More than once in that first week, in the abnormal sweltering heat, concerned clusters of people huddled around someone who had fainted. Typically a volunteer who had been fasting for Ramadan and on their feet until the early hours of the morning, ferrying and sifting through donations. Five days after Grenfell, Darren Osborne drove his van into a group of men holding night-time prayers beside Finsbury Park Mosque, killing 51 year old Makram Ali. Following a spring punctuated by mindless attacks, the same publications that have made it their bread and butter to demonise an entire religion, found themselves in the rare position of having to show basic empathy to the Muslim community.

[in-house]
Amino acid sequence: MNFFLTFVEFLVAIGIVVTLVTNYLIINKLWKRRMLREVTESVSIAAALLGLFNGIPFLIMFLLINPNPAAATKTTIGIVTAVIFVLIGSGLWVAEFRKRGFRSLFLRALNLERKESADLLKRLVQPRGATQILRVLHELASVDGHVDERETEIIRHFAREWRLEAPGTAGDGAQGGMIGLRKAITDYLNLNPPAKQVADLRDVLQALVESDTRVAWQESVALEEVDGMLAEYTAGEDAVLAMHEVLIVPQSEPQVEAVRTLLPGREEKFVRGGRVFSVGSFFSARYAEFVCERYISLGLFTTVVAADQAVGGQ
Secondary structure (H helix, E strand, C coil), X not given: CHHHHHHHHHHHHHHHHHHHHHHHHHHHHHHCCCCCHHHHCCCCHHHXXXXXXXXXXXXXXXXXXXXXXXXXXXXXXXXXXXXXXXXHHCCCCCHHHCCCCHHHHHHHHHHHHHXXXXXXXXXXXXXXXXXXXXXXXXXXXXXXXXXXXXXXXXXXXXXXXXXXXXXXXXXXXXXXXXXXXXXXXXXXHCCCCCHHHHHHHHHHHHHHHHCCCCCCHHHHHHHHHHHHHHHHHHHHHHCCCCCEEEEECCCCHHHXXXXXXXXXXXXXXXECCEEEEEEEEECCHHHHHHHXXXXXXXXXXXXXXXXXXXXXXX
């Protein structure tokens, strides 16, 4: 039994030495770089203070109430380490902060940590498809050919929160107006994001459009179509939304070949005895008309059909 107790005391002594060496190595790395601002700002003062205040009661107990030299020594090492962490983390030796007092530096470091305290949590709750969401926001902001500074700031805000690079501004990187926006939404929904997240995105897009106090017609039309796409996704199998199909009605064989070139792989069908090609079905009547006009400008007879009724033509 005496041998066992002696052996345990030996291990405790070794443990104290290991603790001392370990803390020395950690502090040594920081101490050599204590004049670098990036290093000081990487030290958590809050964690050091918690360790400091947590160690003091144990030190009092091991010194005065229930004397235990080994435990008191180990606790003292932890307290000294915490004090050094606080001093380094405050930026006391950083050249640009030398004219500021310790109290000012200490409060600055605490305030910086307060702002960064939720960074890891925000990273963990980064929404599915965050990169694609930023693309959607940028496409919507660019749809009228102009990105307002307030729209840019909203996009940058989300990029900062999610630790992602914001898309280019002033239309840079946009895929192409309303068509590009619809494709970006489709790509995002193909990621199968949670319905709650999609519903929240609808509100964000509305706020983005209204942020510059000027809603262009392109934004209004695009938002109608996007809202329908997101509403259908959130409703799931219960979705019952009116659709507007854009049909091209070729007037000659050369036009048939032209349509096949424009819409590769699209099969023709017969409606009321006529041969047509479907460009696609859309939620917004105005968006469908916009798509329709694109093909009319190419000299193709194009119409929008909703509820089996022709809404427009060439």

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At the end of September, hundreds crammed into Al-Manaar mosque as it held yet more funeral prayers. This time for two children and three women finally confirmed dead. Rania Ibrahim and her two young daughters were found at the top of Grenfell Tower on the 23rd floor. Her husband, Hassan, had been in Egypt at the time of the fire and flew back to the UK having watched his wife’s last moments play out in a Facebook video. While praying, she’d briefly opened her front door to a wall of smoke and cacophony of alarms, before returning to the window to catch her breath and shout down to the police and fire crews seen furiously weaving their way towards the building. Mother and daughter, Fathia Ahmed and Isra Ibrahim, died alongside Rania and her children, having appeared to take refuge in her flat. Their son and brother, Abufars, died having jumped from the building. Their remains were all taken to rest in the Gardens of Peace.